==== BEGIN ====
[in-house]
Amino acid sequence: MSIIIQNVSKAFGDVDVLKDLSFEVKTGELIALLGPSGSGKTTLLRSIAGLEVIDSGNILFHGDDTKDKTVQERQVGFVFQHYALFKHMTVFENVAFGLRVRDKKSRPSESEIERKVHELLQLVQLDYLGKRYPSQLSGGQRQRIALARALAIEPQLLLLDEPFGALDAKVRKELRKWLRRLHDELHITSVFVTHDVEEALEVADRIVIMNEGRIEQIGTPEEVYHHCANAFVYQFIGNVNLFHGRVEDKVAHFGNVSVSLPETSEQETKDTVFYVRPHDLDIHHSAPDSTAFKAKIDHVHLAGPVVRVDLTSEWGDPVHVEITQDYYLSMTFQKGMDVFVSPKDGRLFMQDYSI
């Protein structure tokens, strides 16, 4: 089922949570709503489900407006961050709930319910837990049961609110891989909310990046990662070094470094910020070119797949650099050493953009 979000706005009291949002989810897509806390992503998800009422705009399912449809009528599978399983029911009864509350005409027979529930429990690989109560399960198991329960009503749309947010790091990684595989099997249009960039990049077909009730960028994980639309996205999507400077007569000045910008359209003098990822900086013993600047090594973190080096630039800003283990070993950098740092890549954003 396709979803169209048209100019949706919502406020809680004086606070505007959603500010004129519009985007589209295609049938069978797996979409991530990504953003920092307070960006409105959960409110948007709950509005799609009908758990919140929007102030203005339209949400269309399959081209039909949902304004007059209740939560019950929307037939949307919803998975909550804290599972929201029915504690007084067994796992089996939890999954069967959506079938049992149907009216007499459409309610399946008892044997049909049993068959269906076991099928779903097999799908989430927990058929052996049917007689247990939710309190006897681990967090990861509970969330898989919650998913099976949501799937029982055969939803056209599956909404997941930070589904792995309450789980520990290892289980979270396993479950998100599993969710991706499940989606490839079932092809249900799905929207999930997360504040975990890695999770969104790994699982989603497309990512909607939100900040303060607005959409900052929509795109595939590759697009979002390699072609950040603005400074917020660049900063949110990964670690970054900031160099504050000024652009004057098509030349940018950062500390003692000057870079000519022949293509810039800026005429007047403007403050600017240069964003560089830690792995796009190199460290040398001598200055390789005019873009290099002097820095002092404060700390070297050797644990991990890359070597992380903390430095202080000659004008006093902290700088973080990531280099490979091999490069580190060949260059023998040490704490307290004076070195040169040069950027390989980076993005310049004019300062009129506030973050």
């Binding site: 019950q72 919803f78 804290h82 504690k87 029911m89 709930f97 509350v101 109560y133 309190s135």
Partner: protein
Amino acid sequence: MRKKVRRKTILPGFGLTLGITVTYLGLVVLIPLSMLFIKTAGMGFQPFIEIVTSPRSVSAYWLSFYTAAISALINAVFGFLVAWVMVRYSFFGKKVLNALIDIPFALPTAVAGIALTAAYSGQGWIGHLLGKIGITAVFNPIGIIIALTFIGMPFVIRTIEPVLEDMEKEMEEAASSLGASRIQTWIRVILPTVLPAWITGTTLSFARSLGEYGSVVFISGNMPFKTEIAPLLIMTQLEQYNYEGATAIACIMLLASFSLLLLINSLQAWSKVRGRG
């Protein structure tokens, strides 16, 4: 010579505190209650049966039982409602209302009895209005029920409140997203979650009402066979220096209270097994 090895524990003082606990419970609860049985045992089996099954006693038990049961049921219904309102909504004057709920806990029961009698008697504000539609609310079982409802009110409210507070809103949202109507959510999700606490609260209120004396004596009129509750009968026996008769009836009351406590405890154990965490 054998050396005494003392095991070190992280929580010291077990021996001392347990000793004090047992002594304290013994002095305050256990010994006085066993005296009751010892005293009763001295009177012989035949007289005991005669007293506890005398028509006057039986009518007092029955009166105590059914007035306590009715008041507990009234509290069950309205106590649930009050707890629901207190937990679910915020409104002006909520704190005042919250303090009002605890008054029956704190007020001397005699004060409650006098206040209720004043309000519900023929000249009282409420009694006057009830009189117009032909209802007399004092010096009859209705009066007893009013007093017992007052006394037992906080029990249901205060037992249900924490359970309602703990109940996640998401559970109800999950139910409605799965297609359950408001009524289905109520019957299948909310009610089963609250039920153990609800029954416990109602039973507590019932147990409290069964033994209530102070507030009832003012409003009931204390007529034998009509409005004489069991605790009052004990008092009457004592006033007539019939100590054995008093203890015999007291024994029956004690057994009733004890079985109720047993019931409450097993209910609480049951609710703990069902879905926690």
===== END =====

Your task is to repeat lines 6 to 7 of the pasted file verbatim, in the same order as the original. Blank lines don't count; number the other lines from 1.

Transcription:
Amino acid sequence: MRKKVRRKTILPGFGLTLGITVTYLGLVVLIPLSMLFIKTAGMGFQPFIEIVTSPRSVSAYWLSFYTAAISALINAVFGFLVAWVMVRYSFFGKKVLNALIDIPFALPTAVAGIALTAAYSGQGWIGHLLGKIGITAVFNPIGIIIALTFIGMPFVIRTIEPVLEDMEKEMEEAASSLGASRIQTWIRVILPTVLPAWITGTTLSFARSLGEYGSVVFISGNMPFKTEIAPLLIMTQLEQYNYEGATAIACIMLLASFSLLLLINSLQAWSKVRGRG
């Protein structure tokens, strides 16, 4: 010579505190209650049966039982409602209302009895209005029920409140997203979650009402066979220096209270097994 090895524990003082606990419970609860049985045992089996099954006693038990049961049921219904309102909504004057709920806990029961009698008697504000539609609310079982409802009110409210507070809103949202109507959510999700606490609260209120004396004596009129509750009968026996008769009836009351406590405890154990965490 054998050396005494003392095991070190992280929580010291077990021996001392347990000793004090047992002594304290013994002095305050256990010994006085066993005296009751010892005293009763001295009177012989035949007289005991005669007293506890005398028509006057039986009518007092029955009166105590059914007035306590009715008041507990009234509290069950309205106590649930009050707890629901207190937990679910915020409104002006909520704190005042919250303090009002605890008054029956704190007020001397005699004060409650006098206040209720004043309000519900023929000249009282409420009694006057009830009189117009032909209802007399004092010096009859209705009066007893009013007093017992007052006394037992906080029990249901205060037992249900924490359970309602703990109940996640998401559970109800999950139910409605799965297609359950408001009524289905109520019957299948909310009610089963609250039920153990609800029954416990109602039973507590019932147990409290069964033994209530102070507030009832003012409003009931204390007529034998009509409005004489069991605790009052004990008092009457004592006033007539019939100590054995008093203890015999007291024994029956004690057994009733004890079985109720047993019931409450097993209910609480049951609710703990069902879905926690």